Email is also governed by protocols. Without most users realizing it, whenever they send or receive an email there are specific protocols that go to work to ensure delivery or receipt. This lesson focuses on the four most common email protocols in use today: IMAP, MIME, POP3, and SMTP.
Internet Messaging Access Protocol (IMAP) is a standard mail server that:
Stores messages until users log on and download the messages
Allows messages to be archived in folders, mailboxes to be shared, multiple mail servers to be accessed
Allows users to read only a message header without having to accept the message
Multipurpose Internet Mail Extension (MIME) is a standard email protocol that:
Identifies the type of information in a message or document
Detects and transfers non-text data (such as colors and pictures in email messages) in an email file for email readers, Web servers, and browsers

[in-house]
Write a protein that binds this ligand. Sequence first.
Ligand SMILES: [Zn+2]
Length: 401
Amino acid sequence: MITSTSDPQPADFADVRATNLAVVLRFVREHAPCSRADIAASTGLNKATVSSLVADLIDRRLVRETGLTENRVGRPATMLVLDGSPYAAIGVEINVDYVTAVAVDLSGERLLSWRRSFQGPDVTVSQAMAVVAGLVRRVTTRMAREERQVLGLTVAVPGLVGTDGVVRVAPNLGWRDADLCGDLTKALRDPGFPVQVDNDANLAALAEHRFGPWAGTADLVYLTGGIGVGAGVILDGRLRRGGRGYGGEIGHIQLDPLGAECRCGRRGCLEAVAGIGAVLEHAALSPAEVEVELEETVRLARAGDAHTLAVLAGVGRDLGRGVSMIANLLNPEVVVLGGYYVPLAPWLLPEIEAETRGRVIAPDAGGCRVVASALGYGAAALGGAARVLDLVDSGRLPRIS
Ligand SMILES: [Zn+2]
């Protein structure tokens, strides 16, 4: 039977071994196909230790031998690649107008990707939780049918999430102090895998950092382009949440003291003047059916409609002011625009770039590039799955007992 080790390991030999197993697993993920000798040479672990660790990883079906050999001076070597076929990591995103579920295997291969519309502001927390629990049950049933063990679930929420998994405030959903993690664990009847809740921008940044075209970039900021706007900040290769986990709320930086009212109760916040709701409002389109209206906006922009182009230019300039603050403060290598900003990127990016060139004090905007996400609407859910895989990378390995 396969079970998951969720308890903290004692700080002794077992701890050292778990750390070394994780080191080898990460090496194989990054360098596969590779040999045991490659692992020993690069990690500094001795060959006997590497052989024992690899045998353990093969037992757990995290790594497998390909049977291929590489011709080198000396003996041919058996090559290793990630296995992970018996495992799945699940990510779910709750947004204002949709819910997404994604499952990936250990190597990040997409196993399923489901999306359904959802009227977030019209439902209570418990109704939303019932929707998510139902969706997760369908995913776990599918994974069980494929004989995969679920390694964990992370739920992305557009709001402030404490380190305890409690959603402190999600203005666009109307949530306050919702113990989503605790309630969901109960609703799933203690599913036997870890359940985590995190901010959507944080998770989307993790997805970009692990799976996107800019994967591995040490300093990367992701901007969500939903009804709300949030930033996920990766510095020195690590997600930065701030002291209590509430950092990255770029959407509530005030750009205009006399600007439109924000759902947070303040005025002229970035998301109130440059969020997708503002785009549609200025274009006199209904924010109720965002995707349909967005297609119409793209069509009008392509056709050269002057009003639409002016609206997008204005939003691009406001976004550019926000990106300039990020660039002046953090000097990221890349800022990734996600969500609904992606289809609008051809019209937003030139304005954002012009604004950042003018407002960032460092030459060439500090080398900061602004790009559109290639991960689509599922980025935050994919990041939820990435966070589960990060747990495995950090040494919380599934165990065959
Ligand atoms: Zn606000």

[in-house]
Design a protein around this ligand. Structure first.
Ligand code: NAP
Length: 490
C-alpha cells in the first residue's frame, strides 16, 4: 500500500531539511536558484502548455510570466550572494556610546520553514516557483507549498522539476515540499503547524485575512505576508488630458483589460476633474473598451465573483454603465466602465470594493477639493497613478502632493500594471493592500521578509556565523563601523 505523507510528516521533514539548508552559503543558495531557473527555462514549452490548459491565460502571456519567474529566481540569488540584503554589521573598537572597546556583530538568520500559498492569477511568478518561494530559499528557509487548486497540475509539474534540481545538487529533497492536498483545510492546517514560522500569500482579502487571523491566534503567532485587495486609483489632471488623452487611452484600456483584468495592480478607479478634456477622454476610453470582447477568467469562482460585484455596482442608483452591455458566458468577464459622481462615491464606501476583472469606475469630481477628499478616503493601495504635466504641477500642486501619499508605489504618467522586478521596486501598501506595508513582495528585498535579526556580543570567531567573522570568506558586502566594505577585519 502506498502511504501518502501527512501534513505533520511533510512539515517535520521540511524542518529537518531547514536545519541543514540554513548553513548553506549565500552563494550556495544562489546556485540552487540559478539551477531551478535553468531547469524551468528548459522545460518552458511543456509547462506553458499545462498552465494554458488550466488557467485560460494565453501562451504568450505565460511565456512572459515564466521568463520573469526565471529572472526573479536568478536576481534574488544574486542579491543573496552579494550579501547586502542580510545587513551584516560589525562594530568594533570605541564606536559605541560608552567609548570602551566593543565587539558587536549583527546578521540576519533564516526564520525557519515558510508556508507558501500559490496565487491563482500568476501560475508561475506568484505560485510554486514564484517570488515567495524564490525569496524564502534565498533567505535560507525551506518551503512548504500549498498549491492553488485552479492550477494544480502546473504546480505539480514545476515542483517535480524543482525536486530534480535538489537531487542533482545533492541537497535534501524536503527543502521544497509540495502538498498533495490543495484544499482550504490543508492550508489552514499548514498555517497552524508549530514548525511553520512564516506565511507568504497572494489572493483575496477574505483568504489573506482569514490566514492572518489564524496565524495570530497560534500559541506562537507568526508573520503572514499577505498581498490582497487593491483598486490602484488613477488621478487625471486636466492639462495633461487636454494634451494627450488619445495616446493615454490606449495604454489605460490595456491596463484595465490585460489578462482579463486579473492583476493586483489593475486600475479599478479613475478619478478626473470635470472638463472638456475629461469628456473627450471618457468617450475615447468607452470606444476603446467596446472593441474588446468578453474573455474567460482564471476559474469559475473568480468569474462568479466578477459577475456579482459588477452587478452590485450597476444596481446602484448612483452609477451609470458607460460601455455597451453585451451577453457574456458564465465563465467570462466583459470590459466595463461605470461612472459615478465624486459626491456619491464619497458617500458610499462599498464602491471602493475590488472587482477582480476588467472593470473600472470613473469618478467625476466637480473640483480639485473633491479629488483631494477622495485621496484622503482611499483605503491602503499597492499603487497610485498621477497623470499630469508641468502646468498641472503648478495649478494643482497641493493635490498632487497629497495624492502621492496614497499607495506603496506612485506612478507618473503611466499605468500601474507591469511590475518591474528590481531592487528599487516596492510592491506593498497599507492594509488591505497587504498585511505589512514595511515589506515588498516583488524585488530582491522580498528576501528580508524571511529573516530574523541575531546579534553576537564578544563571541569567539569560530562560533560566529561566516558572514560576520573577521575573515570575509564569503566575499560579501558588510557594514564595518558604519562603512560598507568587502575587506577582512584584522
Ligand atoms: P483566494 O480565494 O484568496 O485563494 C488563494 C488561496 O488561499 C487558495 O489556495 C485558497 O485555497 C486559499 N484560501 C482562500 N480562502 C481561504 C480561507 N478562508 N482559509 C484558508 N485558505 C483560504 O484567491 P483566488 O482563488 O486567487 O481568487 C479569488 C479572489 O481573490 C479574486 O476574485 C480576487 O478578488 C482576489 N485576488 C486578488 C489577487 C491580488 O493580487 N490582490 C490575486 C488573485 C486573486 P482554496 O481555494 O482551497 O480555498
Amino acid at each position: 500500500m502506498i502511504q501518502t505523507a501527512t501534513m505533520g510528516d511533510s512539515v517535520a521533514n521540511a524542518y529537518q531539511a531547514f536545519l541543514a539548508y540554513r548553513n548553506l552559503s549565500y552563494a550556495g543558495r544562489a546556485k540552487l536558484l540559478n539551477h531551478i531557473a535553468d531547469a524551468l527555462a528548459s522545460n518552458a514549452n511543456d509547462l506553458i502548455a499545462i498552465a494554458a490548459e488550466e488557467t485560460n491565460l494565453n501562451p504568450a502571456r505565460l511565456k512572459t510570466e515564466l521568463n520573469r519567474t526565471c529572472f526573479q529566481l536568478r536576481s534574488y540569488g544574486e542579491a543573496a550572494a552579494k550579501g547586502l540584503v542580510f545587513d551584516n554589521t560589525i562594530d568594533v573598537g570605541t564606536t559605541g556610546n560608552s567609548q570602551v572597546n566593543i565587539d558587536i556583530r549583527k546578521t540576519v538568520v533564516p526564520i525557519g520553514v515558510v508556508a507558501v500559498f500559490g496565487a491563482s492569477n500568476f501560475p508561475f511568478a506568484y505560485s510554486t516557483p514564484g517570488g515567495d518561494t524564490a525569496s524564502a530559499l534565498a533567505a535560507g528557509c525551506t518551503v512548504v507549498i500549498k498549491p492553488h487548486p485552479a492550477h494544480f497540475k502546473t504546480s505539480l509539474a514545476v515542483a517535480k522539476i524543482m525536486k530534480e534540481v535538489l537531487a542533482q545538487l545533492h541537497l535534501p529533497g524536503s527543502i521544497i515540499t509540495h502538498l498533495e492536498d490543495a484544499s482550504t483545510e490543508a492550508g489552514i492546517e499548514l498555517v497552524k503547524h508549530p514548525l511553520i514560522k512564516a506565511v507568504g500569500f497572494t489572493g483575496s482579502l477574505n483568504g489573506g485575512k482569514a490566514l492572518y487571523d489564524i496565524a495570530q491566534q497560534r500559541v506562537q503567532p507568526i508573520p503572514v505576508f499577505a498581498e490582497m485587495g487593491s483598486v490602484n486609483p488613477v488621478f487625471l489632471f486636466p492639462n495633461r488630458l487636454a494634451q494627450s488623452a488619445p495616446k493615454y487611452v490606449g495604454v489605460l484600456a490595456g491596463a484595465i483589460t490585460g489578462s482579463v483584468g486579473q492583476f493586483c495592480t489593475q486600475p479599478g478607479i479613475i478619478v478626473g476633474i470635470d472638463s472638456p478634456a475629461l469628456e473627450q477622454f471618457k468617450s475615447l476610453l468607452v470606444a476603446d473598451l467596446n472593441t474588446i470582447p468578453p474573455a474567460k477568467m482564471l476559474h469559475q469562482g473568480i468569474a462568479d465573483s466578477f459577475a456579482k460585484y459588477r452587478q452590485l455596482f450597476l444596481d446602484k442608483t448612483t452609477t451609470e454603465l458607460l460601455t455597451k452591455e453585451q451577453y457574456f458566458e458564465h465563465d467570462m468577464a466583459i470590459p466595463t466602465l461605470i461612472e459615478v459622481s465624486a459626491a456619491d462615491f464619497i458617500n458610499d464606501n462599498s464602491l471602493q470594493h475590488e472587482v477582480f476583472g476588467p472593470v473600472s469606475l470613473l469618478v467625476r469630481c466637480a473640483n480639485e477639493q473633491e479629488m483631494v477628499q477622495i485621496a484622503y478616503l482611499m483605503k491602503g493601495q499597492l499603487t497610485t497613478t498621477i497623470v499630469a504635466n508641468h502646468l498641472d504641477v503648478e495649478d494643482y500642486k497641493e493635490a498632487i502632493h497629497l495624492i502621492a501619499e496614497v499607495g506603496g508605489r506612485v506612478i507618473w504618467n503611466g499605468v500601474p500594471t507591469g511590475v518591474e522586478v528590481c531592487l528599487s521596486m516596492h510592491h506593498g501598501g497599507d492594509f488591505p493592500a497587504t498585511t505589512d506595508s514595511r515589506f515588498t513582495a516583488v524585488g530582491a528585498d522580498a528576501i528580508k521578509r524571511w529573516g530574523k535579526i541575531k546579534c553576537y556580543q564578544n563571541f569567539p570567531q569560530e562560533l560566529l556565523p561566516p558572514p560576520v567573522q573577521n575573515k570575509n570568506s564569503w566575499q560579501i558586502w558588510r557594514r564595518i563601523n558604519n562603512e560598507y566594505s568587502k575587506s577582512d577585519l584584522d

Post Office Protocol (POP3) is a standard mail server that:
Almost all Internet mail readers use POP; for example, Eudora, Netscape, and Outlook
Holds incoming email until users log on and download it via email clients
Does not encrypt messages
Simple Mail Transport Protocol (SMTP) is the standard TCP/IP email protocol that:
Sends and forwards email to and between email servers over the Internet
Does not encrypt message
As the following image illustrates, these protocols operate at the Application layer of the OSI model.
In the next lesson, you will learn about the protocols used on the Web.